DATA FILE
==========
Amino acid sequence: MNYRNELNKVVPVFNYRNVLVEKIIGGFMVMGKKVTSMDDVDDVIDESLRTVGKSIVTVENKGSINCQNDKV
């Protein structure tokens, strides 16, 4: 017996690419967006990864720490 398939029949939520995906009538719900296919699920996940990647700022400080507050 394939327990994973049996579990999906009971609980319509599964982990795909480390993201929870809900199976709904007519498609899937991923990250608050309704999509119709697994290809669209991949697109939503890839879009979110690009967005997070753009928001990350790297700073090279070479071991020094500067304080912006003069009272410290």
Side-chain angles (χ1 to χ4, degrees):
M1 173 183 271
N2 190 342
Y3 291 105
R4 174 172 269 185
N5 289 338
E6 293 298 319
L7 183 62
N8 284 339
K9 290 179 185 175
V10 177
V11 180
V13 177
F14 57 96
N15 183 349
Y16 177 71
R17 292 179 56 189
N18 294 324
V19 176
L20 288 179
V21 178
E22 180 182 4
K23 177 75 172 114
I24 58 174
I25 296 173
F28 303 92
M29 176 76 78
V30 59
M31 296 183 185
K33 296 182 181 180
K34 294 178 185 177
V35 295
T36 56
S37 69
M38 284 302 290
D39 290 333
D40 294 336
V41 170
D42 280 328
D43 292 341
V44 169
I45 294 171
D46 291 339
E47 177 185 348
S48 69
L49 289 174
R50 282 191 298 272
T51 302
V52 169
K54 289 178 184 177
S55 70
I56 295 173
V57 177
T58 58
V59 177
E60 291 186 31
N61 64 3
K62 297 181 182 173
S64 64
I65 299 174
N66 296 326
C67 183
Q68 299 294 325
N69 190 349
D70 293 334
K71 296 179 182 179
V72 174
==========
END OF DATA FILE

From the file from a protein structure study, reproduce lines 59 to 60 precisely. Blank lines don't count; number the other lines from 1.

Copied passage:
N61 64 3
K62 297 181 182 173